What do you say to the graduating class of 2021?
Really? There’s no other group of high schoolers out there who can relate to enduring a full school year of pandemic restrictions, at home learning, and an extremely minimised cap-and-gown ceremony.
The class of 2020, as difficult as those first few months were, really only experienced the tip of the iceberg.
This year’s grads have endured an entire school year – and then some – having to wear masks, staying away from friends, learning outside the classroom, and juggling fear and worriment about the safety of loved ones with the extra-uncertain future their lives have been confronted with.
Young people – Generation Z – are constantly being berated in the media about their technology use and ripped apart by pundits for their thoughts and beliefs on, well, just about any topic, from musical tastes to the slang they use.
I don’t have kids, so maybe I’m out of the loop. But I can tell you, there’d be no way we’d obey restrictions as they have. Mask-less bush parties and class walkouts would have been abundant.
Teens on their home stretch of primary school have been more than respectful – even though so much enjoyment and freedom has been taken from them.
True, there have been many obstacles for youth to climb over in the past century.
The Second World War scooped up many brave young men – some who were still far from graduating – and flung them across the globe to fight. Thousands did not get to have a future.
Students learned the duck and cover method in case there was ever a nuclear bomb that threatened to annihilate humanity. Hiding under a wooden desk apparently provided shelter from the apocalypse.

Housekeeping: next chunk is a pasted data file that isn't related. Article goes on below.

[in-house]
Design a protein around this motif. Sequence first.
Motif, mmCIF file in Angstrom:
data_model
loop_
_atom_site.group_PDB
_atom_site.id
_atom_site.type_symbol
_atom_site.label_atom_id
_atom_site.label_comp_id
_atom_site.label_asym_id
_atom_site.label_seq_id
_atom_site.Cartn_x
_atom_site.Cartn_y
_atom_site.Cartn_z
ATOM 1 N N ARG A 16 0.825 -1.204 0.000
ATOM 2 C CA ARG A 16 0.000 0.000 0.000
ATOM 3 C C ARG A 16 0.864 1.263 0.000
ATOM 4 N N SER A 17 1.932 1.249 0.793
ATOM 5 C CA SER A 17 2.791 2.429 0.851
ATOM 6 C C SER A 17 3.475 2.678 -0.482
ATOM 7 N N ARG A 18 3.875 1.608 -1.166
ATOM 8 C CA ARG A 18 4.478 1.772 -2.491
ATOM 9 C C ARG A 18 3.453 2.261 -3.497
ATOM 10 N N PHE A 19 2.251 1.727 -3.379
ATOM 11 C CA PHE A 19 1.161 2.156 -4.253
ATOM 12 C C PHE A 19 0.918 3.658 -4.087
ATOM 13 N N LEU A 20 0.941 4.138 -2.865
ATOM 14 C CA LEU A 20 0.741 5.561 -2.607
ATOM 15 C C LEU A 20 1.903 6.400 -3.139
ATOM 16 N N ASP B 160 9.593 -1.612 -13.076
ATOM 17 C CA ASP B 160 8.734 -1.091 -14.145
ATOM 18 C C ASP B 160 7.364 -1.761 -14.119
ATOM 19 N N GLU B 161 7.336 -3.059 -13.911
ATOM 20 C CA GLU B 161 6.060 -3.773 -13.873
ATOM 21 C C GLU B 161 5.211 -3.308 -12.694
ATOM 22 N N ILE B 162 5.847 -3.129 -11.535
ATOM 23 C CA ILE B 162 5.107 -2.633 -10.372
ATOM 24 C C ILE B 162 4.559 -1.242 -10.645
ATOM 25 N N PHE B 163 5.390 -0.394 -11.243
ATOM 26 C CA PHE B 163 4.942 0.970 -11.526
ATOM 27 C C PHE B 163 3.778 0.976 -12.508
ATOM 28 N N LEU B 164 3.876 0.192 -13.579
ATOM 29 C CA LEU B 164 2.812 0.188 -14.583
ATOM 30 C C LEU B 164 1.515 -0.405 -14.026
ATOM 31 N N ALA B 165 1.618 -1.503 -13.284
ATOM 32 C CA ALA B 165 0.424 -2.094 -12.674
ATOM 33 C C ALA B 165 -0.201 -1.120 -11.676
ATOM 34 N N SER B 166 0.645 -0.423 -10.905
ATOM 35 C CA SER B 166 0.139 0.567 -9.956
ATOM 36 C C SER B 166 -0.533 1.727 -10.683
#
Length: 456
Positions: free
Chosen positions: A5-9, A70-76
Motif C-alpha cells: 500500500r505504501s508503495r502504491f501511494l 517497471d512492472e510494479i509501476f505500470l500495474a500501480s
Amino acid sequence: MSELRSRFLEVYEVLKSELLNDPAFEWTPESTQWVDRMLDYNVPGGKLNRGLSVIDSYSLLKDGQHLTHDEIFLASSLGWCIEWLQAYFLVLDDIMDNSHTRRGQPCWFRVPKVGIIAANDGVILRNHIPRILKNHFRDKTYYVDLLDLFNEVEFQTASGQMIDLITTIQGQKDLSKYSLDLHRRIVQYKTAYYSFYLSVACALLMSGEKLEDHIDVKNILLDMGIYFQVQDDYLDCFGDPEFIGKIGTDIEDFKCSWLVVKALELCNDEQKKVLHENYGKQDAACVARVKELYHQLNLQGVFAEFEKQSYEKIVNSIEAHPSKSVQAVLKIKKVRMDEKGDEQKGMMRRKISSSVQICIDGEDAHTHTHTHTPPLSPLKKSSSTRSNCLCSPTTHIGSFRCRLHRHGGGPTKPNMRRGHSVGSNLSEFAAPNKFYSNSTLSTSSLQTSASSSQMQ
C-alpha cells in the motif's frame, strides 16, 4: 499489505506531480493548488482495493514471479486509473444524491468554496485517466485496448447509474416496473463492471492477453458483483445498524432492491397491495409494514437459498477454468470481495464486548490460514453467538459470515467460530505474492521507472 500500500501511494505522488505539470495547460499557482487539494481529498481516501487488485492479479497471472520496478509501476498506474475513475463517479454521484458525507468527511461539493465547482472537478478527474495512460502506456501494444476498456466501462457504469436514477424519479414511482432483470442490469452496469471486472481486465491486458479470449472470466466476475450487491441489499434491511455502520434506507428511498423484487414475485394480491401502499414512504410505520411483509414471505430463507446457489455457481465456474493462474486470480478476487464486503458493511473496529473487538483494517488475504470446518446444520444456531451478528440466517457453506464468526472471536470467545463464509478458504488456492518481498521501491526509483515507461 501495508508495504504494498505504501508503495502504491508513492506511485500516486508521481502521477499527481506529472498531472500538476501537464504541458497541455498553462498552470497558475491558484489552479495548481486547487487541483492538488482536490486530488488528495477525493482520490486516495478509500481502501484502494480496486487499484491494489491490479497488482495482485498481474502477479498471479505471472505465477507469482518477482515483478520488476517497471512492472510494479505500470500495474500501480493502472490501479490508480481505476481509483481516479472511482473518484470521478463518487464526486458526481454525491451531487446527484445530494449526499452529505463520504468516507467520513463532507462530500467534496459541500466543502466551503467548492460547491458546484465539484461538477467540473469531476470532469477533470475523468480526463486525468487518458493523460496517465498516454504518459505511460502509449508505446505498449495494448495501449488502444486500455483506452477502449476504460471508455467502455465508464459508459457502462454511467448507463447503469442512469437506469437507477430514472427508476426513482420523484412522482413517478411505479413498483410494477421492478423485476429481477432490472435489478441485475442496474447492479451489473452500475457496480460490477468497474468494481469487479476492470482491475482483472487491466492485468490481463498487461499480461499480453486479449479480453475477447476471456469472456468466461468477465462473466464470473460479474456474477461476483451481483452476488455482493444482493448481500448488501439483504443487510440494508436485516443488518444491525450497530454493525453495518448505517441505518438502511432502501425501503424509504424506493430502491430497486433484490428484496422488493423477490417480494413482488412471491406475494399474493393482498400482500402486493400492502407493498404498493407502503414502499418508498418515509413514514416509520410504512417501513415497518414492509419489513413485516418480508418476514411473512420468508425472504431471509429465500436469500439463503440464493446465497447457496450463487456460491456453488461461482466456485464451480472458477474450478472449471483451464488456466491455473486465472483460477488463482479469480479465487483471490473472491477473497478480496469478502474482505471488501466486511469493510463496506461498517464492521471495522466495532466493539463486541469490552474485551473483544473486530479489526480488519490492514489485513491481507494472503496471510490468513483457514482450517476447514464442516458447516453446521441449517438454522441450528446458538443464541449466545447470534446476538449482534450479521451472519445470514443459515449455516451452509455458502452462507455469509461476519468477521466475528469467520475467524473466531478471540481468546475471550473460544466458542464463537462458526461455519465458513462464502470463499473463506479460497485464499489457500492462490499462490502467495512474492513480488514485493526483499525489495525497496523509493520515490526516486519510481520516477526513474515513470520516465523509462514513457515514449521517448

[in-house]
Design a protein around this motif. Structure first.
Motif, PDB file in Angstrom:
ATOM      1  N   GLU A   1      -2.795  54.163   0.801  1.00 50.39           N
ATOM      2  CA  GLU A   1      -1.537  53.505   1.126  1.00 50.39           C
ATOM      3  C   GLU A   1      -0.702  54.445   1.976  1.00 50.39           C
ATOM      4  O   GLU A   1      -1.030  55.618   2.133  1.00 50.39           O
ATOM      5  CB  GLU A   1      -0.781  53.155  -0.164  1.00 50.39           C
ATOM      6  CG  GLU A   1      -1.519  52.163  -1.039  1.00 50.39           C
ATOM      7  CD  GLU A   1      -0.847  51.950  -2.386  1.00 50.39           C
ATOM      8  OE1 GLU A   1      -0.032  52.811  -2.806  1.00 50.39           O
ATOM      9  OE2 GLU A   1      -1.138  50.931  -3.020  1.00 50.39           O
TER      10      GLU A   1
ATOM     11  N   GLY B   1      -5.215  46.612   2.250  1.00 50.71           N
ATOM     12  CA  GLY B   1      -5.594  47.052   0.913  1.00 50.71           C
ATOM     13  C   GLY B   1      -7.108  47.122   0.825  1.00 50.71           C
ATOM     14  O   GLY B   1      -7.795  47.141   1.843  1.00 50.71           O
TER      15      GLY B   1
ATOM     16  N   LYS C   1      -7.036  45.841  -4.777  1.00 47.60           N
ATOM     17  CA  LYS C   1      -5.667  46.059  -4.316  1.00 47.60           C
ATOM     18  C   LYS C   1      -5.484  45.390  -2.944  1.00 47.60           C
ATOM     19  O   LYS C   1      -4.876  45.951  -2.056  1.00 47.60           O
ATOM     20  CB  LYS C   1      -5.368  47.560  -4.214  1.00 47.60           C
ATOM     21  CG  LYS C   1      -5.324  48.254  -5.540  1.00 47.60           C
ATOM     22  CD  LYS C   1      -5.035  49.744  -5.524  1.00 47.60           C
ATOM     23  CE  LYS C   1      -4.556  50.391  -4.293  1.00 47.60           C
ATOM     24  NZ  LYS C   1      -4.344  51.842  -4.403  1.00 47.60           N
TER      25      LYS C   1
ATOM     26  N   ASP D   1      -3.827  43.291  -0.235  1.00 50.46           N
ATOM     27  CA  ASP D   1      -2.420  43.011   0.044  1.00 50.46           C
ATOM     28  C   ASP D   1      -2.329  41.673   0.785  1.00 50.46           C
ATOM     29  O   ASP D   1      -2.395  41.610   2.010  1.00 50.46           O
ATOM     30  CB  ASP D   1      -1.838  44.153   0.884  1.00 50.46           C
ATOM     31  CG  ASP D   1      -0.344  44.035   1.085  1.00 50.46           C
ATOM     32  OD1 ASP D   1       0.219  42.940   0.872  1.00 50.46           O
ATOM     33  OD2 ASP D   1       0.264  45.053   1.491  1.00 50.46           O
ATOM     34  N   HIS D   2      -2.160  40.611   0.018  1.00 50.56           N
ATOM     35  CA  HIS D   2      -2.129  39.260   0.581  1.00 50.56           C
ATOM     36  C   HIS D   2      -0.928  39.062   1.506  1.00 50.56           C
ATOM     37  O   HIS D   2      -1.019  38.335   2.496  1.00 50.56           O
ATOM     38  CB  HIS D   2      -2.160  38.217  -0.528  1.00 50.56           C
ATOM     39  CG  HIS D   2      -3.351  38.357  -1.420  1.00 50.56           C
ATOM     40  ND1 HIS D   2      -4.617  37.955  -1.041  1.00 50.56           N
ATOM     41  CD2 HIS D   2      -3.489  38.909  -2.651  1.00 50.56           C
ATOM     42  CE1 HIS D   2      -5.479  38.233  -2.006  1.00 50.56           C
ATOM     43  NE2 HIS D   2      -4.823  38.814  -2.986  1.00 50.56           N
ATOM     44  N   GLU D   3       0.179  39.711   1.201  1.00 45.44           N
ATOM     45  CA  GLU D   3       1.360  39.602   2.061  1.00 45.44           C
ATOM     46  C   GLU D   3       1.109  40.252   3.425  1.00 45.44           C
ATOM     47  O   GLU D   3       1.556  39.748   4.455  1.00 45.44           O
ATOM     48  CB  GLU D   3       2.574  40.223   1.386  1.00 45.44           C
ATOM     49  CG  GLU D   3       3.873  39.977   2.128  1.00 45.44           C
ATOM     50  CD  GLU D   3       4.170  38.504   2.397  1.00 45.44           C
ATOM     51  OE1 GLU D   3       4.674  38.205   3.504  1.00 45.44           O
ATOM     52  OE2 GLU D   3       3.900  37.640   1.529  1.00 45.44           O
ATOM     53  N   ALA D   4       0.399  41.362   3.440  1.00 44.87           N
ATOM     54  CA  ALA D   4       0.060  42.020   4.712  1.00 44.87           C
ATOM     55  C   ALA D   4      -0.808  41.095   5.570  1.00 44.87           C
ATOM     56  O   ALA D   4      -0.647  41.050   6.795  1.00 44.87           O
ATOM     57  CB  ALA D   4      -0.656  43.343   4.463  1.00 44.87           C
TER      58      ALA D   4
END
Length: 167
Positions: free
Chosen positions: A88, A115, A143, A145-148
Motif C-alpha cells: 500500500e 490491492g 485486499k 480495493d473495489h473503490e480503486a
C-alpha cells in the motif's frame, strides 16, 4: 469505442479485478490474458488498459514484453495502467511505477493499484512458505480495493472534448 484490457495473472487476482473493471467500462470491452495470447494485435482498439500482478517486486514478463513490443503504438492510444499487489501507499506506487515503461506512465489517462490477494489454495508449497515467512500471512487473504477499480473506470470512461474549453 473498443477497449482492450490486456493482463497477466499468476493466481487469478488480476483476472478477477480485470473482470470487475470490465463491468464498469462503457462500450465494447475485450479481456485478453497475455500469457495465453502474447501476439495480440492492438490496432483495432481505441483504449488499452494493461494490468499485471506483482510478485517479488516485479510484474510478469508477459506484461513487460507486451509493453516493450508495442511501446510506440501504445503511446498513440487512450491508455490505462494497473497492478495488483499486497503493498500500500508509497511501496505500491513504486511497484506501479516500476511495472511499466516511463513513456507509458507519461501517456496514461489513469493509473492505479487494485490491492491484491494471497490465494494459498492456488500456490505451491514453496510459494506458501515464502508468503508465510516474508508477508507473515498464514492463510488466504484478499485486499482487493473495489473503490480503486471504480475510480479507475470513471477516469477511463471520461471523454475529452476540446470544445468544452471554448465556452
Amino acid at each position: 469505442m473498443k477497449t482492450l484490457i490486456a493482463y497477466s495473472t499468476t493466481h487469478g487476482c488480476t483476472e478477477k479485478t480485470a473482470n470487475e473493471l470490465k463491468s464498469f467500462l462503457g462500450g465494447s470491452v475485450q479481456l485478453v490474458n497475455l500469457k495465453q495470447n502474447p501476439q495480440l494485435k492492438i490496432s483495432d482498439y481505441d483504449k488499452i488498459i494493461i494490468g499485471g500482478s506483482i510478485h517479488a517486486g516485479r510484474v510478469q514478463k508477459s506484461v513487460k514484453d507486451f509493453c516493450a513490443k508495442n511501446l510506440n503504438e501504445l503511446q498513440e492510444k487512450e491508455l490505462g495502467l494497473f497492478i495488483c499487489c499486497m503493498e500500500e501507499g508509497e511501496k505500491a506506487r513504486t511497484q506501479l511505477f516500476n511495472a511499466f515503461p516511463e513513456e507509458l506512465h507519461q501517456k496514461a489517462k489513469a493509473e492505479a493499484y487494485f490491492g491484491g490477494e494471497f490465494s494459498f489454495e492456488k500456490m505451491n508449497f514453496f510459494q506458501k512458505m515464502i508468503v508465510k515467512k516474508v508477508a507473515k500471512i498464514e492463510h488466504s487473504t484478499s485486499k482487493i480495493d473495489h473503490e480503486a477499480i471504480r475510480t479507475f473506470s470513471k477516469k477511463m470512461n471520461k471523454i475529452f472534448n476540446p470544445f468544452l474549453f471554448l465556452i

There have been graduates entering the workforce during recessions, drafts, terrorist attacks, and countless other global strife. Actually, come to think of it, there has hardly been, if any, peaceful, perfect moments to leave school and begin adulthood.
But the comforts provided by 21-century living are negated by the issues that have made the future more uncertain for youngsters more than ever.
School shootings have been on a steady rise in the past two decades – putting staff and students on a fearful edge.
We hear scientists saying we have already hit a point of no return when it comes to climate change; the plant may be inhabitable sooner than we think.
Post Secondary costs have skyrocketed to bank account breaking levels.
If you do manage to take out school loans or cover the tab with scholarships – there’s no guarantee for work. In fact, just about the only guarantee is that you won’t be working in the field you want if you enroll.
Forget about owning a home.
Our own country is now grappling with the shedding image of our do-gooder “sorry” shtick; it may have been a false illusion all along while our past – and present – is a whole lot darker than we ever thought.
Through a global pandemic as a cherry on top, and you’ve got a recipe for grim times. Even the most cheerful can’t hold out much hope, can they?
All of these things were happening when I graduated, but they were nowhere near the forefront. School shootings and global warming were barely an afterthought that was occasionally mentioned. We even had the swine flu that year, but a quick, unquestioned vaccine jab solved everything with a few weeks.
I’m supposed to write phrases like “if you put your mind to it, you can achieve anything” or “follow your heart” and “change the world.”
There is no way to predict too terribly much. Life can and will change in a simple snap and throw everything into disarray.
I will say, don’t stop dreaming. Don’t stop trying. And don’t think that what the future holds for you is all pandemics, violence, and debt.
And for heaven’s sake, class of 2021, don’t ever let any adult accuse you of having an easier time than they did when they were in school.
Despite what they have told you, they did not have to walk barefoot, both ways, uphill, in the snow, to school.
Just imagine the looks you’ll get when you tell children you weren’t allowed to go to school, wore masks, and came dangerously short to running out of toilet paper.
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